Called 'Morning Pages,' the practice of handwriting three pages every morning has been embraced by many successful individuals.
Have you ever heard of Morning Pages? This early morning ritual was conceived by Julia Cameron, a creativity guru from New Mexico, who first wrote about it in The Artist’s Way, a book published in 1992.
The idea is to commit to writing three pages by hand every day, as soon as you wake up. This exercise, when practiced on a regular basis, is a way to clear your mind of negativity and complaints, as well as the random yet exhausting and annoying thoughts about things that you’ve forgotten to do, should do, etc. It must be done by hand because you're less inclined to correct yourself than if you're typing quickly.
Cameron reassures that there is “no need to be artful. Be whiny, petty, grumpy.” You simply write down what is crossing your consciousness — what’s known as ‘cloud thoughts’ in meditation terms:
“It’s as though you have taken a little dust buster and you go poking it into all the corners of your consciousness and you come up with what you put on the page.”
What does this do?
The idea is that, by actively emptying thoughts onto the page, they will free up the mind for better, more creative, relaxed, and focused thinking throughout the rest of the day. Once these things are confined to a page, Cameron says, “We are more honest with ourselves, more centered, and more spiritually at ease.”
Other successful individuals can attest to the efficacy of Morning Pages. Writer and entrepreneur Chris Winfield, who has followed the practice for 241 days in a row, said it helped in the following ways:
I’ve come up with ideas that changed my businesses I’ve worked through issues that were bothering me and seemed overwhelming I’ve been better in tune with my intuition and listening to my heart They have shown me what’s most important in my life and helped me to focus on that They have helped me to leave situations and people that weren’t good for me I’ve been able to unlock a lot of the chains of my mind and open up the dam so that creativity can flow They bring me more serenity and help to quiet my overactive mind each day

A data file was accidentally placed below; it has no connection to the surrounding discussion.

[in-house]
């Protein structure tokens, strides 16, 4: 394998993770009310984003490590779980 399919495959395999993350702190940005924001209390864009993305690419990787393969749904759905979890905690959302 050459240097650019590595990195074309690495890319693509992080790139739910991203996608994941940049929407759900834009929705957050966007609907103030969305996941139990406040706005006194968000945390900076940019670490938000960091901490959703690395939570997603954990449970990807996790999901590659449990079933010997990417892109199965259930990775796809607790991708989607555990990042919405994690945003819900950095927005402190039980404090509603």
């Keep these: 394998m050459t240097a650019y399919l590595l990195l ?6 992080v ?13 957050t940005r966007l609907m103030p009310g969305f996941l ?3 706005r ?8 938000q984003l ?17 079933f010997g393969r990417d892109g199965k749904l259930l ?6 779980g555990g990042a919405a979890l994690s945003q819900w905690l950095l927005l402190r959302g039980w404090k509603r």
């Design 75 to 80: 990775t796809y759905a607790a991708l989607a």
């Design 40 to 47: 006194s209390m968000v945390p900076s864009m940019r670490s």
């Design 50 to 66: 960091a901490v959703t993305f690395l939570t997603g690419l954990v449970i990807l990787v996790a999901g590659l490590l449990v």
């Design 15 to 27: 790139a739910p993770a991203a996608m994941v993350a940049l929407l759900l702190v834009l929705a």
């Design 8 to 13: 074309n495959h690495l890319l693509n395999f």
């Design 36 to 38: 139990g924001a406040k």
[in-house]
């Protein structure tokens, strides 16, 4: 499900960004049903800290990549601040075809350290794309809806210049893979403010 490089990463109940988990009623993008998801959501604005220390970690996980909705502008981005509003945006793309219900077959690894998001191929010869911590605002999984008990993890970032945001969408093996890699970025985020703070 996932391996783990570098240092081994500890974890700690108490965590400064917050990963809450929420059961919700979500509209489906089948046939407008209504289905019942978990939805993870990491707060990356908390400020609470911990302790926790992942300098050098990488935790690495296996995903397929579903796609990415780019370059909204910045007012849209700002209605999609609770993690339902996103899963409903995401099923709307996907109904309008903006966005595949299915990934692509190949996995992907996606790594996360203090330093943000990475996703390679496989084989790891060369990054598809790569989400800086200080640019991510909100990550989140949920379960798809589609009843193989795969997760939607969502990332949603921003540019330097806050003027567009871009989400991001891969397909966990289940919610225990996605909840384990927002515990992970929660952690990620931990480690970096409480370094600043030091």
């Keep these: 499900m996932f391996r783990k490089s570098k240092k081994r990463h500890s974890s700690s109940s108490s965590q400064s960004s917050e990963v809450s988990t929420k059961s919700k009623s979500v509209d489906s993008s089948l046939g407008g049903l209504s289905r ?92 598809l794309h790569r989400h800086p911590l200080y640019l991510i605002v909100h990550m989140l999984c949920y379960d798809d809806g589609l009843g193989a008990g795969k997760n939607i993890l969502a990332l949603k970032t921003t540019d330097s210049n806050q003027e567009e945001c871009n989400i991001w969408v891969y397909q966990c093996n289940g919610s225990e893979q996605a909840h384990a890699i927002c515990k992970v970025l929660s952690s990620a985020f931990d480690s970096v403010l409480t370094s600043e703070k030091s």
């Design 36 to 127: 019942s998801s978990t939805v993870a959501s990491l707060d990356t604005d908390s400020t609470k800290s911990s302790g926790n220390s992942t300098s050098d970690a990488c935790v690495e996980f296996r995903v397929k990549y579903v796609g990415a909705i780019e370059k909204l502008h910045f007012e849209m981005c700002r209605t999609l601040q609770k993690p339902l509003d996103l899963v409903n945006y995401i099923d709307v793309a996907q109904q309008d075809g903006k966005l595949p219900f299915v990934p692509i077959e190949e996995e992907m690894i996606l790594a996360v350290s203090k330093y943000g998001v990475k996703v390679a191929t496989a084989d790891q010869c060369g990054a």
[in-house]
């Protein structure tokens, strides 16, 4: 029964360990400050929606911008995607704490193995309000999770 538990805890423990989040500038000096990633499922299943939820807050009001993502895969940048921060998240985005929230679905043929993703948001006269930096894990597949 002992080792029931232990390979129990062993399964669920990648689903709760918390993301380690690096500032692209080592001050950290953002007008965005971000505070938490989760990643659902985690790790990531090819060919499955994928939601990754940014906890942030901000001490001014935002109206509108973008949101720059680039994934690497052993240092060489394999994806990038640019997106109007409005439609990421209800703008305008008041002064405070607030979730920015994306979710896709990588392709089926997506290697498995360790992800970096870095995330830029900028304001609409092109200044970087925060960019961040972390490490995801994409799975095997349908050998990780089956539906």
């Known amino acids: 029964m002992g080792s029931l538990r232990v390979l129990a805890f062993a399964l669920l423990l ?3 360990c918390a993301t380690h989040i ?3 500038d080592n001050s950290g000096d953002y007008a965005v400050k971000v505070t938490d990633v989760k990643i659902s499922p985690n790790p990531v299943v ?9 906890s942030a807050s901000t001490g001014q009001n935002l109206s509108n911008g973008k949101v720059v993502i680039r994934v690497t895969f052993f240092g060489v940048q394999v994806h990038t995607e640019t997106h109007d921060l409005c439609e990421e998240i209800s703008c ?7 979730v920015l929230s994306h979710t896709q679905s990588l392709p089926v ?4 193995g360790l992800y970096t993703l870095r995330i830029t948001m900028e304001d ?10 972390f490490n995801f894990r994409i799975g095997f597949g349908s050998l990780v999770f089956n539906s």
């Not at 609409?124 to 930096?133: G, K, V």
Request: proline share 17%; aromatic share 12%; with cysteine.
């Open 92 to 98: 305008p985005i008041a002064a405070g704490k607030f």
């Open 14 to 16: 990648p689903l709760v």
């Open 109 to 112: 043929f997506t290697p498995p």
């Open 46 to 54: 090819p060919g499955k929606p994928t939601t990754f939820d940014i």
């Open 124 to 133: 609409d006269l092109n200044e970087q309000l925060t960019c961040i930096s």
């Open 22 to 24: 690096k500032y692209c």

Tim Ferriss, author of The 4-Hour Workweek, embraces Morning Pages because they are “spiritual windshield wipers” — the most effective therapy he’s ever found.
“I don’t journal to ‘be productive.’ I don’t do it to find great ideas, or to put down prose I can later publish. The pages aren’t intended for anyone but me.”
That leads to one of the key rules of Morning Pages. They are 100 percent confidential. Even you should not reread them, at least not for a very long time.
“Part of the reason they work so well is because they provide a space for creativity without judgement. Once you’ve learned to turn off your inner critic while writing, you can transfer that talent to other areas of your life too.” (via Quartz)
I love this idea. As someone who used to journal on a regular basis, but now rarely finds the time and energy to do so (perhaps because I spend the rest of the day writing professionally), I need a good reason to get back into the swing of it. Morning Pages sounds like a good way to do so. Plus, it gives me a good excuse to buy and fill gorgeous notebooks, one of my great weaknesses.